Tag Archives: Accellion

Security News for the Week Ending July 16, 2021

Supply Chain Attacks Roll On

The Accellion File Transfer Appliance vulnerabilities have been the source of many breach notifcations over the last several months. For whatever reason, they seem to be dribbling out. The newest one is Morgan Stanley. In this case, it was a Morgan Stanley VENDOR that was using Accellion, so instead of the third party attacks we talk about all the time, this is a fourth party attack. Of course, Morgan Stanley will take the heat, fines and lawsuits. Are you sure your vendors have your back? What about their vendors? Credit: Data Breach Today

Senate Finally Confirms Jen Easterly as Head of DHS/CISA

After CISA has not had an official chief for 8 months and after one Senator pulled a pre-July 4th political stunt that delayed her confirmation, the Senate unanimously confirmed Easterly this week. Easterly, who retired from the Army in 2011, was the deputy director for counterterrorism at the NSA, was on the National Security Council staff at the White House and is a two time Bronze Star recipient, is an outstanding person to lead CISA after Chris Krebs was fired last year for not following the party line. Credit: CNN

Did Russia Get the Message?

Remember the Revil ransomware gang? The folks that hacked Kaseya and JBS, among others? Well their web sites are no more. Did the U.S. take them down? Did Putin decide he didn’t like the heat? Will they come back later under a different name? Not clear. But what is clear is that people who were trying to get their files decrypted by paying the ransom – they have a bit of a problem as in kinda out of luck. My guess is Biden told Putin to fix the problem or we would fix it for him and he probably would not like the collateral damage. Credit: MSN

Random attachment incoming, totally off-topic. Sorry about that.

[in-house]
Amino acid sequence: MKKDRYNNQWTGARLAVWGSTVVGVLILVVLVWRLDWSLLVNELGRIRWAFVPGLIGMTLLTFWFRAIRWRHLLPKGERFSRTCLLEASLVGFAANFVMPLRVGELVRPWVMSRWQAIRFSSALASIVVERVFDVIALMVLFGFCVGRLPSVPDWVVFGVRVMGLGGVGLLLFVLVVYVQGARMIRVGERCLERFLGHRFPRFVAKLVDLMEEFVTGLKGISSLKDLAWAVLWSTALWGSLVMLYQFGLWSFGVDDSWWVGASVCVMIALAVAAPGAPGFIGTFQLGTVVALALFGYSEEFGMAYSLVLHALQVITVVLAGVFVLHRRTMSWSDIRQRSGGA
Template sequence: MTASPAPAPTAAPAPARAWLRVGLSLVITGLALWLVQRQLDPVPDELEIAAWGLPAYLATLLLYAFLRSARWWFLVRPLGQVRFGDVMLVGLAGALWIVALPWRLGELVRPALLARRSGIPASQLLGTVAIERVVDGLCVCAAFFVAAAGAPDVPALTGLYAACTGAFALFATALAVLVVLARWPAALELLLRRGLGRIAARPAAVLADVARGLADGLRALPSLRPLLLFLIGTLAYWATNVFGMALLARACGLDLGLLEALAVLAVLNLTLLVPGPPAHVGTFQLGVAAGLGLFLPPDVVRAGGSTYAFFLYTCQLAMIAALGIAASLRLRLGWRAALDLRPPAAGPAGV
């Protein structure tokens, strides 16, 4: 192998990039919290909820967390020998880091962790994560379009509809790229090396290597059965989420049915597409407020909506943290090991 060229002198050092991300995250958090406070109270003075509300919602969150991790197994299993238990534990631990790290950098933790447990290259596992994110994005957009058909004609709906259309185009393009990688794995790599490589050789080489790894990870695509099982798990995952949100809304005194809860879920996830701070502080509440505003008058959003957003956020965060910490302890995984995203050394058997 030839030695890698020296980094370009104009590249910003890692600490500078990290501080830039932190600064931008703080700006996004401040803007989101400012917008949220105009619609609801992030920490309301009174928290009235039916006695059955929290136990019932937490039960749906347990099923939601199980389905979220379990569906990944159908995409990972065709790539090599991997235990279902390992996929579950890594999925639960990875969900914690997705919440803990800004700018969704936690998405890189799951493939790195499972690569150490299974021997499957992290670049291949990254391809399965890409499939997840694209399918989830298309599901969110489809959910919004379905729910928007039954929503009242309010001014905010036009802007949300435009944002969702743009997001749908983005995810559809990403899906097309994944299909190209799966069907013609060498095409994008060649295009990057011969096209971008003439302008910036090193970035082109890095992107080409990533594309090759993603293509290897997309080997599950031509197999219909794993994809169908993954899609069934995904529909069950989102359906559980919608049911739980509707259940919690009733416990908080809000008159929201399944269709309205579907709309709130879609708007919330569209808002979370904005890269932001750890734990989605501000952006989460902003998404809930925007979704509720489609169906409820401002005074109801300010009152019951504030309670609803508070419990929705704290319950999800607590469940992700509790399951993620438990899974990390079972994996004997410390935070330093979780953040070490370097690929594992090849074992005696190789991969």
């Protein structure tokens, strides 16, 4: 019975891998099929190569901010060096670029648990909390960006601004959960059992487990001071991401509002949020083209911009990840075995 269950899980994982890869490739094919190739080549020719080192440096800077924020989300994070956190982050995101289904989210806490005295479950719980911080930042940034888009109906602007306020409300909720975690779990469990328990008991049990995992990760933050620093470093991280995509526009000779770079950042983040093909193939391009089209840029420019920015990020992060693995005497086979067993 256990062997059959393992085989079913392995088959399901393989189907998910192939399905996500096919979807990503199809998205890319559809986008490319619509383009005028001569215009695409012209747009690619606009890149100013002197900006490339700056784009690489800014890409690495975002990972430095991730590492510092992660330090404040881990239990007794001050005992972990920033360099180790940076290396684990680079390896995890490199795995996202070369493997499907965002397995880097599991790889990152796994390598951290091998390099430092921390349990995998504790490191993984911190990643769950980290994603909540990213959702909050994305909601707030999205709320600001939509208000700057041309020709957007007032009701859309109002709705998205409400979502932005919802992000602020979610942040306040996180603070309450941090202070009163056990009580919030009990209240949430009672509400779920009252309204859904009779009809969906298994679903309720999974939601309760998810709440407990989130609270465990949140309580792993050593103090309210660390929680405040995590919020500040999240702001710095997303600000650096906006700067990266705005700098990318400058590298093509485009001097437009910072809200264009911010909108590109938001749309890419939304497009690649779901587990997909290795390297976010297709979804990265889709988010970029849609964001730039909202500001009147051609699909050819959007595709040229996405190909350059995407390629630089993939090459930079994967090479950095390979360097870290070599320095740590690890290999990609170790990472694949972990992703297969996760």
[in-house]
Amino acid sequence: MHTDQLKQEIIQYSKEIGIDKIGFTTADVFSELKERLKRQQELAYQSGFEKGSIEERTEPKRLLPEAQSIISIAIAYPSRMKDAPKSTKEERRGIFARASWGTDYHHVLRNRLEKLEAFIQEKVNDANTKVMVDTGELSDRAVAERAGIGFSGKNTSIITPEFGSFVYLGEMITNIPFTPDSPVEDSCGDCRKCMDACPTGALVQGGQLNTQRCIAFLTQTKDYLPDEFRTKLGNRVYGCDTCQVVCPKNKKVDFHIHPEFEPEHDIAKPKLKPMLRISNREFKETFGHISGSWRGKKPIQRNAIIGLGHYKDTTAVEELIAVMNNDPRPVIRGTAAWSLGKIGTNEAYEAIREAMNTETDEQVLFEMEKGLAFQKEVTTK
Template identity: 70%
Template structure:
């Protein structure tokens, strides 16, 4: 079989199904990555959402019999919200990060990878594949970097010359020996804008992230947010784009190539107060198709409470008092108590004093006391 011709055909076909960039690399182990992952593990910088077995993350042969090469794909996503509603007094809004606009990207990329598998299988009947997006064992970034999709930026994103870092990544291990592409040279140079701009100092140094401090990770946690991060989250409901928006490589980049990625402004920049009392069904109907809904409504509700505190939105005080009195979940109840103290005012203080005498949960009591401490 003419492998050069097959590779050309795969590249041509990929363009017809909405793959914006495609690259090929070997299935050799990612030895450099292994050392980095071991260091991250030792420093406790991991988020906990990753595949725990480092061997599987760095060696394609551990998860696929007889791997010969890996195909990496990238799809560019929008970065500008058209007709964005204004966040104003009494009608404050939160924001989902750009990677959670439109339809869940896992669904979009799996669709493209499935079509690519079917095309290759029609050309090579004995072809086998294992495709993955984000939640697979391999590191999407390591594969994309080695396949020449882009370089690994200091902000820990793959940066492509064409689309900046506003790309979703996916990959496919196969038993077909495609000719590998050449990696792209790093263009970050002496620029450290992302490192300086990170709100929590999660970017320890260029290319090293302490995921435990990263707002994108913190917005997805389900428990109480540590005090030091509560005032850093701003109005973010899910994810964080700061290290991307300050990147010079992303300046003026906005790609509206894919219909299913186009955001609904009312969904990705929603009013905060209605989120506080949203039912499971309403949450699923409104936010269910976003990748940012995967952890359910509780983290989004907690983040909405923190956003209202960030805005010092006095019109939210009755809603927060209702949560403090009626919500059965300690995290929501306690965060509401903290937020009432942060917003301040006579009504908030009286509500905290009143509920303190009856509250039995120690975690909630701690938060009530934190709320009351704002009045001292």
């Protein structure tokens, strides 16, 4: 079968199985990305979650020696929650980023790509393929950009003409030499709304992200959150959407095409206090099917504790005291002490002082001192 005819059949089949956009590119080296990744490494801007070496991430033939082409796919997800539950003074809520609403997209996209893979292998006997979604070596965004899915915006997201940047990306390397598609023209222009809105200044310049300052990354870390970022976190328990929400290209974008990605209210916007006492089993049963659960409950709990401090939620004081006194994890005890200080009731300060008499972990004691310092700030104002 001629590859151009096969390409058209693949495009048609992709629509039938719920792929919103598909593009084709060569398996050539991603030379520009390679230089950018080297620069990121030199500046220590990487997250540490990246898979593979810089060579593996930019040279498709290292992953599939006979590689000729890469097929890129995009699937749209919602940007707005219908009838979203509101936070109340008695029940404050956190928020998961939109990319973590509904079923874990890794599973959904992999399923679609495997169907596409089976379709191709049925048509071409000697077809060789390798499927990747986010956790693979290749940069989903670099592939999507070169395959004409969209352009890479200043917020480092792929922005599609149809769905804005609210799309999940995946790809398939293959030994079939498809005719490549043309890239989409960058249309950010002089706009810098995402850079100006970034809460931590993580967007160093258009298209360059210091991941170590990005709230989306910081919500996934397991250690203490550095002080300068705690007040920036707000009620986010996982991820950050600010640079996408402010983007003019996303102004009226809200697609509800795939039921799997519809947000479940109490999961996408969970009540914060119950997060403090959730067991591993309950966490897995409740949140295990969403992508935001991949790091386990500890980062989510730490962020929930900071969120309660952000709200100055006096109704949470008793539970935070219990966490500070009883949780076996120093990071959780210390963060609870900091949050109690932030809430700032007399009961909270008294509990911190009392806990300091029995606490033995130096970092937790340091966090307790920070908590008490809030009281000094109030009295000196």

Hackers are Hard to Kill Off

Last year around election time the Pentagon was all full of press releases that they took down a Russian hacking operation called Trickbot. They have millions of victims around the globe. Bitdefender found that they are resurrecting their tools; updating them, etc. While Bitdefender found this particular tool using a honeypot, it doesn’t that was their only tool and it certainly does not mean they will shut down. It does mean that hacker networks are so profitable, that they will come back from the dead. Credit: The Daily Beast

Want a $10 Million Prize?

The feds are offering a reward of up to $10 million for information on operations conducted by actors working for a foreign government. On Thursday, the U.S. Department of State announced that its Rewards for Justice (RFJ) program now incentivizes reports of foreign malicious activity against U.S. critical infrastructure. The actions may include extortion as part of a ransomware attack, stealing information from protected systems, “and knowingly causing the transmission of a program, information, code, or command, and as a result of such conduct, intentionally causing damage without authorization to a protected computer.” The feds set up a Tor site to report information confidentially. Credit: Bleeping Computer